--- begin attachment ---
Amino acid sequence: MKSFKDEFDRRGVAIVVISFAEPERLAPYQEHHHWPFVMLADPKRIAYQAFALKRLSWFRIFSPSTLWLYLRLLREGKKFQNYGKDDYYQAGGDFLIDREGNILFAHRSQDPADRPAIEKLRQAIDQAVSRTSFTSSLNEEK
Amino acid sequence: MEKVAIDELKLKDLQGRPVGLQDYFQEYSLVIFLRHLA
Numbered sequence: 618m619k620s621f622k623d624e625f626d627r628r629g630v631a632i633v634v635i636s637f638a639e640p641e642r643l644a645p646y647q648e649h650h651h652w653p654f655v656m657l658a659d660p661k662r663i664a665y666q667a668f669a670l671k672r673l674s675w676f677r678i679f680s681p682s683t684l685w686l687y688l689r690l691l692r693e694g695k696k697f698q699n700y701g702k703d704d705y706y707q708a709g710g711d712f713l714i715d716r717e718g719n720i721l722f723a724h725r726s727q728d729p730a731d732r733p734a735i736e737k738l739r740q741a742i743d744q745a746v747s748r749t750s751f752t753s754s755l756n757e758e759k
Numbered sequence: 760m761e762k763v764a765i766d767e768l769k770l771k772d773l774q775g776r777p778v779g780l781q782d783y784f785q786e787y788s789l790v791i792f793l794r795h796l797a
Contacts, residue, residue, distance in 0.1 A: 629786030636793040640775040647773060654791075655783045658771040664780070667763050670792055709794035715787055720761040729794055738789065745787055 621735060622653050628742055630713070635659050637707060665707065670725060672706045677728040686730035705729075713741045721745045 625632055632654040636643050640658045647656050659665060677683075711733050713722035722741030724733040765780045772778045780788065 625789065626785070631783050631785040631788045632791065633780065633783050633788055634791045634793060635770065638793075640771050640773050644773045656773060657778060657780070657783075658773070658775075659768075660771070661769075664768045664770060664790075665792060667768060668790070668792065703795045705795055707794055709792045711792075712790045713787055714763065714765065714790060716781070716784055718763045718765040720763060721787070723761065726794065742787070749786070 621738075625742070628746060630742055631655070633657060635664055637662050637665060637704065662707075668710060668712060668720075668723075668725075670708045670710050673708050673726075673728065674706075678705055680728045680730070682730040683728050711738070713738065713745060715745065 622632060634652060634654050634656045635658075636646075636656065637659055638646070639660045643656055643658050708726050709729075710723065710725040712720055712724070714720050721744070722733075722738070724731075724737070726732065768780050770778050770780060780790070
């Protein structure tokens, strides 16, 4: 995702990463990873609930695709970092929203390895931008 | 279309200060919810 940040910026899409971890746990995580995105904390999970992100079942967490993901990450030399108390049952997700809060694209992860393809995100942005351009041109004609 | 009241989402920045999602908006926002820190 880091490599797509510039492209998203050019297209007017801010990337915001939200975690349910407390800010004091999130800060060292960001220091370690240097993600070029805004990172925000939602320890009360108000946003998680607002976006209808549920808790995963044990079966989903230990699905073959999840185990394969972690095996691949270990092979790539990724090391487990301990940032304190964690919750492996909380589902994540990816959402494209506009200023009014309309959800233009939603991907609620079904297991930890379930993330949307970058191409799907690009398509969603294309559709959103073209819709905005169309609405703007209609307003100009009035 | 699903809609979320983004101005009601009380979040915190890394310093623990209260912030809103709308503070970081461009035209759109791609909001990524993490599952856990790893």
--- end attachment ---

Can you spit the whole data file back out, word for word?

Amino acid sequence: MKSFKDEFDRRGVAIVVISFAEPERLAPYQEHHHWPFVMLADPKRIAYQAFALKRLSWFRIFSPSTLWLYLRLLREGKKFQNYGKDDYYQAGGDFLIDREGNILFAHRSQDPADRPAIEKLRQAIDQAVSRTSFTSSLNEEK
Amino acid sequence: MEKVAIDELKLKDLQGRPVGLQDYFQEYSLVIFLRHLA
Numbered sequence: 618m619k620s621f622k623d624e625f626d627r628r629g630v631a632i633v634v635i636s637f638a639e640p641e642r643l644a645p646y647q648e649h650h651h652w653p654f655v656m657l658a659d660p661k662r663i664a665y666q667a668f669a670l671k672r673l674s675w676f677r678i679f680s681p682s683t684l685w686l687y688l689r690l691l692r693e694g695k696k697f698q699n700y701g702k703d704d705y706y707q708a709g710g711d712f713l714i715d716r717e718g719n720i721l722f723a724h725r726s727q728d729p730a731d732r733p734a735i736e737k738l739r740q741a742i743d744q745a746v747s748r749t750s751f752t753s754s755l756n757e758e759k
Numbered sequence: 760m761e762k763v764a765i766d767e768l769k770l771k772d773l774q775g776r777p778v779g780l781q782d783y784f785q786e787y788s789l790v791i792f793l794r795h796l797a
Contacts, residue, residue, distance in 0.1 A: 629786030636793040640775040647773060654791075655783045658771040664780070667763050670792055709794035715787055720761040729794055738789065745787055 621735060622653050628742055630713070635659050637707060665707065670725060672706045677728040686730035705729075713741045721745045 625632055632654040636643050640658045647656050659665060677683075711733050713722035722741030724733040765780045772778045780788065 625789065626785070631783050631785040631788045632791065633780065633783050633788055634791045634793060635770065638793075640771050640773050644773045656773060657778060657780070657783075658773070658775075659768075660771070661769075664768045664770060664790075665792060667768060668790070668792065703795045705795055707794055709792045711792075712790045713787055714763065714765065714790060716781070716784055718763045718765040720763060721787070723761065726794065742787070749786070 621738075625742070628746060630742055631655070633657060635664055637662050637665060637704065662707075668710060668712060668720075668723075668725075670708045670710050673708050673726075673728065674706075678705055680728045680730070682730040683728050711738070713738065713745060715745065 622632060634652060634654050634656045635658075636646075636656065637659055638646070639660045643656055643658050708726050709729075710723065710725040712720055712724070714720050721744070722733075722738070724731075724737070726732065768780050770778050770780060780790070
């Protein structure tokens, strides 16, 4: 995702990463990873609930695709970092929203390895931008 | 279309200060919810 940040910026899409971890746990995580995105904390999970992100079942967490993901990450030399108390049952997700809060694209992860393809995100942005351009041109004609 | 009241989402920045999602908006926002820190 880091490599797509510039492209998203050019297209007017801010990337915001939200975690349910407390800010004091999130800060060292960001220091370690240097993600070029805004990172925000939602320890009360108000946003998680607002976006209808549920808790995963044990079966989903230990699905073959999840185990394969972690095996691949270990092979790539990724090391487990301990940032304190964690919750492996909380589902994540990816959402494209506009200023009014309309959800233009939603991907609620079904297991930890379930993330949307970058191409799907690009398509969603294309559709959103073209819709905005169309609405703007209609307003100009009035 | 699903809609979320983004101005009601009380979040915190890394310093623990209260912030809103709308503070970081461009035209759109791609909001990524993490599952856990790893």